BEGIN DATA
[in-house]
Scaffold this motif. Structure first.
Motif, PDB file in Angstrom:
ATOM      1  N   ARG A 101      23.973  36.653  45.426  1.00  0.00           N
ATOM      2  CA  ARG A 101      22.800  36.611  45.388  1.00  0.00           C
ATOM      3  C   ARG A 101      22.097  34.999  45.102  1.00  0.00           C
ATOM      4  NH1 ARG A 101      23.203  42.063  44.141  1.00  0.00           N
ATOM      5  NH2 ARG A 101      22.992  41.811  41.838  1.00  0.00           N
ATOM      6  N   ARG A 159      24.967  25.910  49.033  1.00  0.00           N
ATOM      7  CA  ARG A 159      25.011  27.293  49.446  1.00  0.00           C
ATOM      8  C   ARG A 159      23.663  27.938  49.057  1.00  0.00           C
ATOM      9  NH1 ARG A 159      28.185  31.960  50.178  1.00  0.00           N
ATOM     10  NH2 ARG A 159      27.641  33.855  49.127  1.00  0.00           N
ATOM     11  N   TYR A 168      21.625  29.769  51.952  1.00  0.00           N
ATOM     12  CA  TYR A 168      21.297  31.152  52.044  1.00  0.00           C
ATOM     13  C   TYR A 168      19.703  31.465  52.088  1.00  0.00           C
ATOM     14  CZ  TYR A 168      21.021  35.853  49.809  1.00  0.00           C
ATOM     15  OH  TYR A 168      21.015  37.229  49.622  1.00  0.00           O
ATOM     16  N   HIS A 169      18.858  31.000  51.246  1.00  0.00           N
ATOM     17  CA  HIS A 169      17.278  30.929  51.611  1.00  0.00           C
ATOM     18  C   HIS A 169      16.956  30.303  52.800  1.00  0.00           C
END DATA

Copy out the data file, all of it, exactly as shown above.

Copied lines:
[in-house]
Scaffold this motif. Structure first.
Motif, PDB file in Angstrom:
ATOM      1  N   ARG A 101      23.973  36.653  45.426  1.00  0.00           N
ATOM      2  CA  ARG A 101      22.800  36.611  45.388  1.00  0.00           C
ATOM      3  C   ARG A 101      22.097  34.999  45.102  1.00  0.00           C
ATOM      4  NH1 ARG A 101      23.203  42.063  44.141  1.00  0.00           N
ATOM      5  NH2 ARG A 101      22.992  41.811  41.838  1.00  0.00           N
ATOM      6  N   ARG A 159      24.967  25.910  49.033  1.00  0.00           N
ATOM      7  CA  ARG A 159      25.011  27.293  49.446  1.00  0.00           C
ATOM      8  C   ARG A 159      23.663  27.938  49.057  1.00  0.00           C
ATOM      9  NH1 ARG A 159      28.185  31.960  50.178  1.00  0.00           N
ATOM     10  NH2 ARG A 159      27.641  33.855  49.127  1.00  0.00           N
ATOM     11  N   TYR A 168      21.625  29.769  51.952  1.00  0.00           N
ATOM     12  CA  TYR A 168      21.297  31.152  52.044  1.00  0.00           C
ATOM     13  C   TYR A 168      19.703  31.465  52.088  1.00  0.00           C
ATOM     14  CZ  TYR A 168      21.021  35.853  49.809  1.00  0.00           C
ATOM     15  OH  TYR A 168      21.015  37.229  49.622  1.00  0.00           O
ATOM     16  N   HIS A 169      18.858  31.000  51.246  1.00  0.00           N
ATOM     17  CA  HIS A 169      17.278  30.929  51.611  1.00  0.00           C
ATOM     18  C   HIS A 169      16.956  30.303  52.800  1.00  0.00           C